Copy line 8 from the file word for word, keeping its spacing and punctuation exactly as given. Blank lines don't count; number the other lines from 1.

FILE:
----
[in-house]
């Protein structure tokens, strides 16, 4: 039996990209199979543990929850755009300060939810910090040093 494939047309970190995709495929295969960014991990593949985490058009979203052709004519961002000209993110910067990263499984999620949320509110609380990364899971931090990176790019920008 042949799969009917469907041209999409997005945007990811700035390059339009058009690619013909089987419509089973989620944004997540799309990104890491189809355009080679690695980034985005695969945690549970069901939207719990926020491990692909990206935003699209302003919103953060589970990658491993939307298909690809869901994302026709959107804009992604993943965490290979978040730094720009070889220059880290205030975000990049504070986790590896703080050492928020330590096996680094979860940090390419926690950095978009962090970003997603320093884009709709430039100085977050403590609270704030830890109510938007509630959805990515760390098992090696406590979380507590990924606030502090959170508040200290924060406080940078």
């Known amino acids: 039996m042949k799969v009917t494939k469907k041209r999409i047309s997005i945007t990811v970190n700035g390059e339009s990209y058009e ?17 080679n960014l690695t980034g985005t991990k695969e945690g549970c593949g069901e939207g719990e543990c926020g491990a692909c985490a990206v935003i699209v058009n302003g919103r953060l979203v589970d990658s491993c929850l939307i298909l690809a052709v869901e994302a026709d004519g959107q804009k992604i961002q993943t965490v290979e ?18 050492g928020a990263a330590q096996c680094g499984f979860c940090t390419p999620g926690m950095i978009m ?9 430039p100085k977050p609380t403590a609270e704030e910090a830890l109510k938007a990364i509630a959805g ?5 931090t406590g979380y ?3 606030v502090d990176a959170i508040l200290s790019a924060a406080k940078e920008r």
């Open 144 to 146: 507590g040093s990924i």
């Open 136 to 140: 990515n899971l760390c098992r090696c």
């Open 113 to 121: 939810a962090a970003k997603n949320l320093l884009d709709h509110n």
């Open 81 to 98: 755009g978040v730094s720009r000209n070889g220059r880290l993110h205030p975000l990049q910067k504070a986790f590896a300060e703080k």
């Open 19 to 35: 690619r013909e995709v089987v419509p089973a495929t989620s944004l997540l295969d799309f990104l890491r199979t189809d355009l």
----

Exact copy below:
């Open 19 to 35: 690619r013909e995709v089987v419509p089973a495929t989620s944004l997540l295969d799309f990104l890491r199979t189809d355009l």